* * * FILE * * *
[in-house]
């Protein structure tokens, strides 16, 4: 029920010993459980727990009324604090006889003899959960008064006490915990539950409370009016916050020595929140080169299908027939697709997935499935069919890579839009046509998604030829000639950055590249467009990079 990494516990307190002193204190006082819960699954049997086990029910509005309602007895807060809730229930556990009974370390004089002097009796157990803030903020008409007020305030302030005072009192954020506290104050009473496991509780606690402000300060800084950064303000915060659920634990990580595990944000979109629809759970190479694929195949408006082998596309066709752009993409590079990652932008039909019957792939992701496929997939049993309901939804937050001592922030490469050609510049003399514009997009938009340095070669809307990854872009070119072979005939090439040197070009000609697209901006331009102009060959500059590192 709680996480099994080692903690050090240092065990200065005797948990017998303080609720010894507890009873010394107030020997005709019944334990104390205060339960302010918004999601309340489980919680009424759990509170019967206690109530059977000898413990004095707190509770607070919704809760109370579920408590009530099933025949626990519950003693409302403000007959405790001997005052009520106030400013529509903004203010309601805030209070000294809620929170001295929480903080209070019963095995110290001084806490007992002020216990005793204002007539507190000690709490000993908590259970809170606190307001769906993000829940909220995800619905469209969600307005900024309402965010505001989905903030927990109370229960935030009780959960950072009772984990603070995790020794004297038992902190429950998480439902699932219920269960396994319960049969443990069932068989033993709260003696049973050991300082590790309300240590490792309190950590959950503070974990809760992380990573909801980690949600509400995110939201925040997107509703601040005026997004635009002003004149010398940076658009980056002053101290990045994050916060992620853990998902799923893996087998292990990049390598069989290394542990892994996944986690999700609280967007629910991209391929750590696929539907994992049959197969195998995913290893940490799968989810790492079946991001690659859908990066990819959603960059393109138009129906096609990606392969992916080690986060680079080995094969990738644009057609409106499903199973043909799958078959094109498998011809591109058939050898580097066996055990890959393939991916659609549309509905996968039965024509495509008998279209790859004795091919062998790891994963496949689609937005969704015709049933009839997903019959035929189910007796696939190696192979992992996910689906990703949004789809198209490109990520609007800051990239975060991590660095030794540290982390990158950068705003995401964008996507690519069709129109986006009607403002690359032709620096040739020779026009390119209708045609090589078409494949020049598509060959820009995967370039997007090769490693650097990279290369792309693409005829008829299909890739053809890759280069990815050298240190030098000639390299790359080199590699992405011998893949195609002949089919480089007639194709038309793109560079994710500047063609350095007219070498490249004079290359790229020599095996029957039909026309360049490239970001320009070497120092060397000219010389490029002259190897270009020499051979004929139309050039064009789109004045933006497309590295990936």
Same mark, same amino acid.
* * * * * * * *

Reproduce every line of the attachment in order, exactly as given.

[in-house]
């Protein structure tokens, strides 16, 4: 029920010993459980727990009324604090006889003899959960008064006490915990539950409370009016916050020595929140080169299908027939697709997935499935069919890579839009046509998604030829000639950055590249467009990079 990494516990307190002193204190006082819960699954049997086990029910509005309602007895807060809730229930556990009974370390004089002097009796157990803030903020008409007020305030302030005072009192954020506290104050009473496991509780606690402000300060800084950064303000915060659920634990990580595990944000979109629809759970190479694929195949408006082998596309066709752009993409590079990652932008039909019957792939992701496929997939049993309901939804937050001592922030490469050609510049003399514009997009938009340095070669809307990854872009070119072979005939090439040197070009000609697209901006331009102009060959500059590192 709680996480099994080692903690050090240092065990200065005797948990017998303080609720010894507890009873010394107030020997005709019944334990104390205060339960302010918004999601309340489980919680009424759990509170019967206690109530059977000898413990004095707190509770607070919704809760109370579920408590009530099933025949626990519950003693409302403000007959405790001997005052009520106030400013529509903004203010309601805030209070000294809620929170001295929480903080209070019963095995110290001084806490007992002020216990005793204002007539507190000690709490000993908590259970809170606190307001769906993000829940909220995800619905469209969600307005900024309402965010505001989905903030927990109370229960935030009780959960950072009772984990603070995790020794004297038992902190429950998480439902699932219920269960396994319960049969443990069932068989033993709260003696049973050991300082590790309300240590490792309190950590959950503070974990809760992380990573909801980690949600509400995110939201925040997107509703601040005026997004635009002003004149010398940076658009980056002053101290990045994050916060992620853990998902799923893996087998292990990049390598069989290394542990892994996944986690999700609280967007629910991209391929750590696929539907994992049959197969195998995913290893940490799968989810790492079946991001690659859908990066990819959603960059393109138009129906096609990606392969992916080690986060680079080995094969990738644009057609409106499903199973043909799958078959094109498998011809591109058939050898580097066996055990890959393939991916659609549309509905996968039965024509495509008998279209790859004795091919062998790891994963496949689609937005969704015709049933009839997903019959035929189910007796696939190696192979992992996910689906990703949004789809198209490109990520609007800051990239975060991590660095030794540290982390990158950068705003995401964008996507690519069709129109986006009607403002690359032709620096040739020779026009390119209708045609090589078409494949020049598509060959820009995967370039997007090769490693650097990279290369792309693409005829008829299909890739053809890759280069990815050298240190030098000639390299790359080199590699992405011998893949195609002949089919480089007639194709038309793109560079994710500047063609350095007219070498490249004079290359790229020599095996029957039909026309360049490239970001320009070497120092060397000219010389490029002259190897270009020499051979004929139309050039064009789109004045933006497309590295990936």
Same mark, same amino acid.